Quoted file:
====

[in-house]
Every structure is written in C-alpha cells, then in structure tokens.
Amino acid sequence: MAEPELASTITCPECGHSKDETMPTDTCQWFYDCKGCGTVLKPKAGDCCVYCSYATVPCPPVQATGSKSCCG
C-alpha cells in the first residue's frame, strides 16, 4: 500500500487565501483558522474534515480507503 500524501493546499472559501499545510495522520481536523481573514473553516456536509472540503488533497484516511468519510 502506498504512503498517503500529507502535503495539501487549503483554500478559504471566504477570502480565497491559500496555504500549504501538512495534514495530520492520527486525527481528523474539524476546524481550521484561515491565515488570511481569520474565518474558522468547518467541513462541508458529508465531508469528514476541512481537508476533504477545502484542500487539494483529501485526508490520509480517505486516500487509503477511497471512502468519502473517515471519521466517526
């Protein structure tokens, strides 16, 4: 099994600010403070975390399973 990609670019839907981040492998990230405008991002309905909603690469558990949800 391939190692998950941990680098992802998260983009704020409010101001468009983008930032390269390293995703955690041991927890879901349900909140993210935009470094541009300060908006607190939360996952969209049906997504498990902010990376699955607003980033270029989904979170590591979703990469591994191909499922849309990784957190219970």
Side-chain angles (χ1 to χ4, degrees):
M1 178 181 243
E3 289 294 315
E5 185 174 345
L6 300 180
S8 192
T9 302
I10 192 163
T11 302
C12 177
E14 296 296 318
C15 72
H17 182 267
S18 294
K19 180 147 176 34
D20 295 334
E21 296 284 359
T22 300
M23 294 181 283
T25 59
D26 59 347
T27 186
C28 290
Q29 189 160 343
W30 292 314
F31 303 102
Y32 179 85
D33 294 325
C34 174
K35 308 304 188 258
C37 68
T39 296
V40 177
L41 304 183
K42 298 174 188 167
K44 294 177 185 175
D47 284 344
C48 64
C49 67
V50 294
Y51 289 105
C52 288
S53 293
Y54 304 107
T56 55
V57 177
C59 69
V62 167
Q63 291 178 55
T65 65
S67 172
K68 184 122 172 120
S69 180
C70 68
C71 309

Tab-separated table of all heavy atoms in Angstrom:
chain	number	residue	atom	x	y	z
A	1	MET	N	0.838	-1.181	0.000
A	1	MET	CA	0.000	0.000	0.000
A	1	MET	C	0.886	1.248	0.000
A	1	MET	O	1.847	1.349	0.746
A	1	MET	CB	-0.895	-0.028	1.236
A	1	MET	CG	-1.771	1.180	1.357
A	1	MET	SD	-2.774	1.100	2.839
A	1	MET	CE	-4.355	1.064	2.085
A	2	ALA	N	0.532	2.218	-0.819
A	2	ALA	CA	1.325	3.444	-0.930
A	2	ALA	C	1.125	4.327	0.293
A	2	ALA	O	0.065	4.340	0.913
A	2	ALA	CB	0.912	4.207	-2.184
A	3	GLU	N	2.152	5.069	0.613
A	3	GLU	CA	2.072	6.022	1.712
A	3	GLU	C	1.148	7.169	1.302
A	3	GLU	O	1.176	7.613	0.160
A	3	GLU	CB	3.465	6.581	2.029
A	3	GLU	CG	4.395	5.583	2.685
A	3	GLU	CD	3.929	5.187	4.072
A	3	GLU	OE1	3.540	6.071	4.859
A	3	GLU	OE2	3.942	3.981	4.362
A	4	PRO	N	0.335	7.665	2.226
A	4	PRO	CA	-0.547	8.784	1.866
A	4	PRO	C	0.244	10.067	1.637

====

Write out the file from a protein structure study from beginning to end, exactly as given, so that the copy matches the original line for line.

[in-house]
Every structure is written in C-alpha cells, then in structure tokens.
Amino acid sequence: MAEPELASTITCPECGHSKDETMPTDTCQWFYDCKGCGTVLKPKAGDCCVYCSYATVPCPPVQATGSKSCCG
C-alpha cells in the first residue's frame, strides 16, 4: 500500500487565501483558522474534515480507503 500524501493546499472559501499545510495522520481536523481573514473553516456536509472540503488533497484516511468519510 502506498504512503498517503500529507502535503495539501487549503483554500478559504471566504477570502480565497491559500496555504500549504501538512495534514495530520492520527486525527481528523474539524476546524481550521484561515491565515488570511481569520474565518474558522468547518467541513462541508458529508465531508469528514476541512481537508476533504477545502484542500487539494483529501485526508490520509480517505486516500487509503477511497471512502468519502473517515471519521466517526
């Protein structure tokens, strides 16, 4: 099994600010403070975390399973 990609670019839907981040492998990230405008991002309905909603690469558990949800 391939190692998950941990680098992802998260983009704020409010101001468009983008930032390269390293995703955690041991927890879901349900909140993210935009470094541009300060908006607190939360996952969209049906997504498990902010990376699955607003980033270029989904979170590591979703990469591994191909499922849309990784957190219970």
Side-chain angles (χ1 to χ4, degrees):
M1 178 181 243
E3 289 294 315
E5 185 174 345
L6 300 180
S8 192
T9 302
I10 192 163
T11 302
C12 177
E14 296 296 318
C15 72
H17 182 267
S18 294
K19 180 147 176 34
D20 295 334
E21 296 284 359
T22 300
M23 294 181 283
T25 59
D26 59 347
T27 186
C28 290
Q29 189 160 343
W30 292 314
F31 303 102
Y32 179 85
D33 294 325
C34 174
K35 308 304 188 258
C37 68
T39 296
V40 177
L41 304 183
K42 298 174 188 167
K44 294 177 185 175
D47 284 344
C48 64
C49 67
V50 294
Y51 289 105
C52 288
S53 293
Y54 304 107
T56 55
V57 177
C59 69
V62 167
Q63 291 178 55
T65 65
S67 172
K68 184 122 172 120
S69 180
C70 68
C71 309

Tab-separated table of all heavy atoms in Angstrom:
chain	number	residue	atom	x	y	z
A	1	MET	N	0.838	-1.181	0.000
A	1	MET	CA	0.000	0.000	0.000
A	1	MET	C	0.886	1.248	0.000
A	1	MET	O	1.847	1.349	0.746
A	1	MET	CB	-0.895	-0.028	1.236
A	1	MET	CG	-1.771	1.180	1.357
A	1	MET	SD	-2.774	1.100	2.839
A	1	MET	CE	-4.355	1.064	2.085
A	2	ALA	N	0.532	2.218	-0.819
A	2	ALA	CA	1.325	3.444	-0.930
A	2	ALA	C	1.125	4.327	0.293
A	2	ALA	O	0.065	4.340	0.913
A	2	ALA	CB	0.912	4.207	-2.184
A	3	GLU	N	2.152	5.069	0.613
A	3	GLU	CA	2.072	6.022	1.712
A	3	GLU	C	1.148	7.169	1.302
A	3	GLU	O	1.176	7.613	0.160
A	3	GLU	CB	3.465	6.581	2.029
A	3	GLU	CG	4.395	5.583	2.685
A	3	GLU	CD	3.929	5.187	4.072
A	3	GLU	OE1	3.540	6.071	4.859
A	3	GLU	OE2	3.942	3.981	4.362
A	4	PRO	N	0.335	7.665	2.226
A	4	PRO	CA	-0.547	8.784	1.866
A	4	PRO	C	0.244	10.067	1.637